The latest FNB/BER Civil Confidence Index reveals a nuanced scenario for the construction industry in South Africa. The index, showcasing a modest decline of two points from 43 in the third quarter of 2023 to 41 in the fourth quarter, signifies that approximately 60% of participants in the civil engineering sector express discontent with the existing business environment.
However, amid this overall downturn, the sub-indices paint a more optimistic picture. Notably, there’s a notable surge in activity, steadily gaining momentum and consequently leading to a better-than-average overall profitability.
Siphamandla Mkhwanazi, Senior Economist at FNB, highlighted, “Activity in the civil construction sector has shown an upward trajectory over recent quarters. Nonetheless, Statistics SA reported a slight contraction in the third quarter of 2023, declining by 0.9% year-on-year in real terms. Nevertheless, the survey outcomes suggest a probable rebound in construction activity during the fourth quarter of 2023.”
Anticipating the Future: FNB/BER Civil Confidence Index Survey respondents expressed expectations for an upturn in order books in the upcoming quarter. This positive sentiment aligns with the index’s decline in measuring the intensity of tendering price competition, marking its lowest level since 2013. This suggests a probable continuation of growth momentum, albeit potentially short-term.
Mkhwanazi noted, “The survey depicts a sector currently witnessing relatively high demand and a robust pipeline of work. However, concerns persist among respondents regarding prevalent criminal activity within the sector. Additionally, uncertainties stemming from tender cancellations and adjudication delays may have influenced the overall business sentiment.”
He further added, “Despite the prevailing sentiment, the underlying data related to activity, profitability, and tender competition portray a more positive scenario. It indicates a phase of sustained growth in the sector.”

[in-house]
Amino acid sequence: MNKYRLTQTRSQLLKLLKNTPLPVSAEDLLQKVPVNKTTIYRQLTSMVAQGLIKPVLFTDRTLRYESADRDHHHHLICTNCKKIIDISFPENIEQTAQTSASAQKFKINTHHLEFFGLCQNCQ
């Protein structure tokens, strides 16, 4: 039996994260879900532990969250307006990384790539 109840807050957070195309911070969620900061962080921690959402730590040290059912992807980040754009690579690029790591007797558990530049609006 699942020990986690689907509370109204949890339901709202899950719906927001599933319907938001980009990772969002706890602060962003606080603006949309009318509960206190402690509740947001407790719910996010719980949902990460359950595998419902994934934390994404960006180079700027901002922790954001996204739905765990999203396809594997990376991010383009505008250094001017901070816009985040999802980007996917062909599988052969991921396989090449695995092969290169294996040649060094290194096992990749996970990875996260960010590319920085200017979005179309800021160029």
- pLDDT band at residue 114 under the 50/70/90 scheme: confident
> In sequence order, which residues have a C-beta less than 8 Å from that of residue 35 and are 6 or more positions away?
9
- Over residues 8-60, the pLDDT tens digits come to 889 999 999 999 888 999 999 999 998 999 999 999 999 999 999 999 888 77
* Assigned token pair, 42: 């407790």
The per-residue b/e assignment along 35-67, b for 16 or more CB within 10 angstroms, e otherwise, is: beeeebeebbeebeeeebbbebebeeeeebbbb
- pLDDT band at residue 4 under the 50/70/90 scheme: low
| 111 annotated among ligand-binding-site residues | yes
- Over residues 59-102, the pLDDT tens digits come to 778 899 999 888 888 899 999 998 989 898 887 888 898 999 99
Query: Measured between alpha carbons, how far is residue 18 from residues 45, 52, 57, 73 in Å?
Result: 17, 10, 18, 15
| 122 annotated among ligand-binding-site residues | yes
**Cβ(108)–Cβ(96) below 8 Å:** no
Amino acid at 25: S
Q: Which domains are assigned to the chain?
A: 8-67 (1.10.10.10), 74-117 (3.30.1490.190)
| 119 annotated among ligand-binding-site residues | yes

Factors Impacting Confidence Confidence levels seem to be adversely affected by factors not directly linked to existing demand. Broader economic pessimism stemming from issues such as load-shedding, logistical constraints, and fiscal concerns appears to play a role.
Mkhwanazi concluded, “Confidence appears to be influenced by factors beyond current demand, along with a wider pessimism from other economic facets. These encompass challenges related to load-shedding, logistical bottlenecks, and fiscal uncertainties.”
In summary, South Africa’s civil construction sector exhibits a mix of positive growth indicators tempered by concerns about peripheral challenges. Despite the dip in confidence, the industry appears poised for sustained growth, buoyed by escalating activity and promising order book projections. Addressing prevailing issues like criminal activity and uncertainties in tender processes remains pivotal for fostering enduring confidence and stability in the sector.